With that set up, head to Lightroom > Preferences > Local Storage. There you need to browse to your NAS share of choice and select it:

Now, every photo that gets added to Adobe cloud storage will be redundantly added to your NAS for safe keeping. And if you’re paranoid like me, you’ll also make sure that your NAS is backed up as well. I back mine up with the Synology Glacier app (free) and associated AWS Glacier plan (definitely not free).

My Workflow

On to the fun part. My iPad Pro is the workhorse of the bunch, and is where I do 90% of my importing, and editing, sorting, and exporting. It’s fast and makes editing kind of fun if you can believe it. But first things first: let’s get photos from your camera to your iPad.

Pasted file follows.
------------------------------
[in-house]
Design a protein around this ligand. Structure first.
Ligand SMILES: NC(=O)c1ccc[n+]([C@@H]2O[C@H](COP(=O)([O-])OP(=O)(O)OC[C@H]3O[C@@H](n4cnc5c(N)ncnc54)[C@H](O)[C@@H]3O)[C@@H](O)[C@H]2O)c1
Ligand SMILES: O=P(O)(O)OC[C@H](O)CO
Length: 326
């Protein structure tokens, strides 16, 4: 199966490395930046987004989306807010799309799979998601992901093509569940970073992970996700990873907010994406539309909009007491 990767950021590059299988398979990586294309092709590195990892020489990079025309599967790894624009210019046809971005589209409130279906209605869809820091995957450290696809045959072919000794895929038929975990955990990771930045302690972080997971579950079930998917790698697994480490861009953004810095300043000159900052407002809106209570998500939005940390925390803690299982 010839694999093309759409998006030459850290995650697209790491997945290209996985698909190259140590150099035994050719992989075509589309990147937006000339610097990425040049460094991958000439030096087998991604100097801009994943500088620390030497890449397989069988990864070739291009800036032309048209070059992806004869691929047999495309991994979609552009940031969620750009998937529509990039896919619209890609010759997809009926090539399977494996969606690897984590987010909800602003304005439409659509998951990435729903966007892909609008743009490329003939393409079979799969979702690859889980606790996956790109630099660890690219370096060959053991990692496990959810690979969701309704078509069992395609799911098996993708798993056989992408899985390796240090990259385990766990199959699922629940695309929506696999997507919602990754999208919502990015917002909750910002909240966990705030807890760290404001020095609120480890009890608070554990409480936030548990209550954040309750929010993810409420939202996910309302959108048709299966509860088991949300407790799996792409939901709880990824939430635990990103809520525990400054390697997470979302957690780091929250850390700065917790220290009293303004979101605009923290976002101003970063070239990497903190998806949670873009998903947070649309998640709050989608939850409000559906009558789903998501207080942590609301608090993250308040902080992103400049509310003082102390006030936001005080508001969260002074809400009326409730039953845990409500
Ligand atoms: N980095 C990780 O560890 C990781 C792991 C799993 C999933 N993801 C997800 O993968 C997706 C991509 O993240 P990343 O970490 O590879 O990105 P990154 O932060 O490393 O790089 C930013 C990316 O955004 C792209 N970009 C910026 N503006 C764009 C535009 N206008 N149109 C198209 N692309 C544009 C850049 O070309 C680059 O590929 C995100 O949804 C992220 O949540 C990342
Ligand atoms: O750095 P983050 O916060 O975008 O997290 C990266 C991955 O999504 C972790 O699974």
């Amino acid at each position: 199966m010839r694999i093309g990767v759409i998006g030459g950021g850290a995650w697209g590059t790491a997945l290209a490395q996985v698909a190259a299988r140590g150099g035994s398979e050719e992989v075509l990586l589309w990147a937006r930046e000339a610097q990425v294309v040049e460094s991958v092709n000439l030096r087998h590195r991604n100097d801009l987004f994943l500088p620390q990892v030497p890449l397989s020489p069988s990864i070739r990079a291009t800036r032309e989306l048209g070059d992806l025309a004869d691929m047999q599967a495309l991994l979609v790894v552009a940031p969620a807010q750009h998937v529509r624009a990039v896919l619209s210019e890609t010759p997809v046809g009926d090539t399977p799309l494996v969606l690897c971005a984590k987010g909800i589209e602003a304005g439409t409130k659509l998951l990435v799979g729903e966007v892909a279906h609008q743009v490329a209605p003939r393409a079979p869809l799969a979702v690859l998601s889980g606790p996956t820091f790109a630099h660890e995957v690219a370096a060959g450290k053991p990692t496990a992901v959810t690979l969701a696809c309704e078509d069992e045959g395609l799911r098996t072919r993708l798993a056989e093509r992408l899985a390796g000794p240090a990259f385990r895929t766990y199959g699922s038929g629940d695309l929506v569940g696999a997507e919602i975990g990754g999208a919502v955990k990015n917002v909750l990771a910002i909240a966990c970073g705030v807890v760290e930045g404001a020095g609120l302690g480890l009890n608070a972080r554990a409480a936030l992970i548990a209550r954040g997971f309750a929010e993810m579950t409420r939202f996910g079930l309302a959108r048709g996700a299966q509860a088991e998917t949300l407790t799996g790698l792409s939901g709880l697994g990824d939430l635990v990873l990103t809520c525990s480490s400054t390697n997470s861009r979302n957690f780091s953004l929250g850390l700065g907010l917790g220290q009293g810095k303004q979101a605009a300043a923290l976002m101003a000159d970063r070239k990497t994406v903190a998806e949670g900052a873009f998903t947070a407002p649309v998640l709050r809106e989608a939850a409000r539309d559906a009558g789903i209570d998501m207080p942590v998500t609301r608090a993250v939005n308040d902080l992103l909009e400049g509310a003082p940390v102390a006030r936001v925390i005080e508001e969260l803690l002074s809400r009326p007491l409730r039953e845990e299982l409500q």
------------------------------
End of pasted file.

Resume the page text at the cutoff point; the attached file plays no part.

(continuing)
I shoot on a camera that uses SD Cards, so I import using the Apple USB-C to SD Card Reader. You can choose the mounted card right in Files app and select the photos you want to import. Apple makes a Lightning to SD Card Reader as well if you want to use your iPhone. If your camera supports WiFi, you’ll probably need to use whatever horrible app your camera manufacturer made for you to transport them into to use as an intermediary. I strongly recommend against doing this; it creates extra steps for deletion and management and kicks off a non-avoidable iCloud sync that will leave you confused and frustrated. Once your photos are imported, you’re ready to go.


The first thing I do is sort out the trash. Select the Rate & Review tab and swipe left and right through your photos. When you hit one that you want to delete, swipe down to mark it as rejected.